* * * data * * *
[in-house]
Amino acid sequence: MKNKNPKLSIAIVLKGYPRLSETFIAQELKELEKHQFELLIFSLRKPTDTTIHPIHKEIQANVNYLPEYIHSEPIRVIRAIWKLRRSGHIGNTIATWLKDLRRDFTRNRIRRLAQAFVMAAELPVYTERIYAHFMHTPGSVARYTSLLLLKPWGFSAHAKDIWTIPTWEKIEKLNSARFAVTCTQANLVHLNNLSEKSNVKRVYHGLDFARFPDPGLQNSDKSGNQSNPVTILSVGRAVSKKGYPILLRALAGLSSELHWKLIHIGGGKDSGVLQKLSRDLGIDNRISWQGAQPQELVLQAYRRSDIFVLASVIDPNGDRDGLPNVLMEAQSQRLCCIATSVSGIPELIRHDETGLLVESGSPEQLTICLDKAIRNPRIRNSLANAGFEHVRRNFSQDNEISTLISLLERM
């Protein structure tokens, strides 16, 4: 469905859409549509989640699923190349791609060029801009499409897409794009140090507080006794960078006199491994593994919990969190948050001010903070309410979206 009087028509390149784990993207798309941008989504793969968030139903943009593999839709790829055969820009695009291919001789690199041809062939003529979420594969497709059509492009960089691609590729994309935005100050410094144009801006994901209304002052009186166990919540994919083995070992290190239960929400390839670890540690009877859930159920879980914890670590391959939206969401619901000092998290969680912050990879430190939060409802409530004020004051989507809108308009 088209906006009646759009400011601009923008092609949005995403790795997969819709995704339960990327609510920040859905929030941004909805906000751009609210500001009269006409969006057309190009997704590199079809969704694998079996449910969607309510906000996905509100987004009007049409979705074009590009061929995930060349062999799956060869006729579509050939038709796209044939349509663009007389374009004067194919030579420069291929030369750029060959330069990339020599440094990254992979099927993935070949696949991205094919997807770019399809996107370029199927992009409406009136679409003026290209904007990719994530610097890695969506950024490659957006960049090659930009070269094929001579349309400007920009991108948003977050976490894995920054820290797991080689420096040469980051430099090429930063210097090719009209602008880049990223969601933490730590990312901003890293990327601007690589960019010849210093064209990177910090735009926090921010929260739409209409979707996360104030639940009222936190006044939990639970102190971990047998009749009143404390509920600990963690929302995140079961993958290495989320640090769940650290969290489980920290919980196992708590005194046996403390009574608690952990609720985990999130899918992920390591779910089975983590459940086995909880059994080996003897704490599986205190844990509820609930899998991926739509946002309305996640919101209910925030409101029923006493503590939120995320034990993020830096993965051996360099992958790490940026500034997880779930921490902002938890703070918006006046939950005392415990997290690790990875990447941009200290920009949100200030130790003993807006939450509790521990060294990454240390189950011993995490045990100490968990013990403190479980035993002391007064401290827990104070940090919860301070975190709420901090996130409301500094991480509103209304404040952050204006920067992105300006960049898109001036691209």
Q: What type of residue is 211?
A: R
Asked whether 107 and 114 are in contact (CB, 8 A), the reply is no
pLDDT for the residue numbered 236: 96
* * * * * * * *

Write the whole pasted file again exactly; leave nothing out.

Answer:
[in-house]
Amino acid sequence: MKNKNPKLSIAIVLKGYPRLSETFIAQELKELEKHQFELLIFSLRKPTDTTIHPIHKEIQANVNYLPEYIHSEPIRVIRAIWKLRRSGHIGNTIATWLKDLRRDFTRNRIRRLAQAFVMAAELPVYTERIYAHFMHTPGSVARYTSLLLLKPWGFSAHAKDIWTIPTWEKIEKLNSARFAVTCTQANLVHLNNLSEKSNVKRVYHGLDFARFPDPGLQNSDKSGNQSNPVTILSVGRAVSKKGYPILLRALAGLSSELHWKLIHIGGGKDSGVLQKLSRDLGIDNRISWQGAQPQELVLQAYRRSDIFVLASVIDPNGDRDGLPNVLMEAQSQRLCCIATSVSGIPELIRHDETGLLVESGSPEQLTICLDKAIRNPRIRNSLANAGFEHVRRNFSQDNEISTLISLLERM
């Protein structure tokens, strides 16, 4: 469905859409549509989640699923190349791609060029801009499409897409794009140090507080006794960078006199491994593994919990969190948050001010903070309410979206 009087028509390149784990993207798309941008989504793969968030139903943009593999839709790829055969820009695009291919001789690199041809062939003529979420594969497709059509492009960089691609590729994309935005100050410094144009801006994901209304002052009186166990919540994919083995070992290190239960929400390839670890540690009877859930159920879980914890670590391959939206969401619901000092998290969680912050990879430190939060409802409530004020004051989507809108308009 088209906006009646759009400011601009923008092609949005995403790795997969819709995704339960990327609510920040859905929030941004909805906000751009609210500001009269006409969006057309190009997704590199079809969704694998079996449910969607309510906000996905509100987004009007049409979705074009590009061929995930060349062999799956060869006729579509050939038709796209044939349509663009007389374009004067194919030579420069291929030369750029060959330069990339020599440094990254992979099927993935070949696949991205094919997807770019399809996107370029199927992009409406009136679409003026290209904007990719994530610097890695969506950024490659957006960049090659930009070269094929001579349309400007920009991108948003977050976490894995920054820290797991080689420096040469980051430099090429930063210097090719009209602008880049990223969601933490730590990312901003890293990327601007690589960019010849210093064209990177910090735009926090921010929260739409209409979707996360104030639940009222936190006044939990639970102190971990047998009749009143404390509920600990963690929302995140079961993958290495989320640090769940650290969290489980920290919980196992708590005194046996403390009574608690952990609720985990999130899918992920390591779910089975983590459940086995909880059994080996003897704490599986205190844990509820609930899998991926739509946002309305996640919101209910925030409101029923006493503590939120995320034990993020830096993965051996360099992958790490940026500034997880779930921490902002938890703070918006006046939950005392415990997290690790990875990447941009200290920009949100200030130790003993807006939450509790521990060294990454240390189950011993995490045990100490968990013990403190479980035993002391007064401290827990104070940090919860301070975190709420901090996130409301500094991480509103209304404040952050204006920067992105300006960049898109001036691209």
Q: What type of residue is 211?
A: R
Asked whether 107 and 114 are in contact (CB, 8 A), the reply is no
pLDDT for the residue numbered 236: 96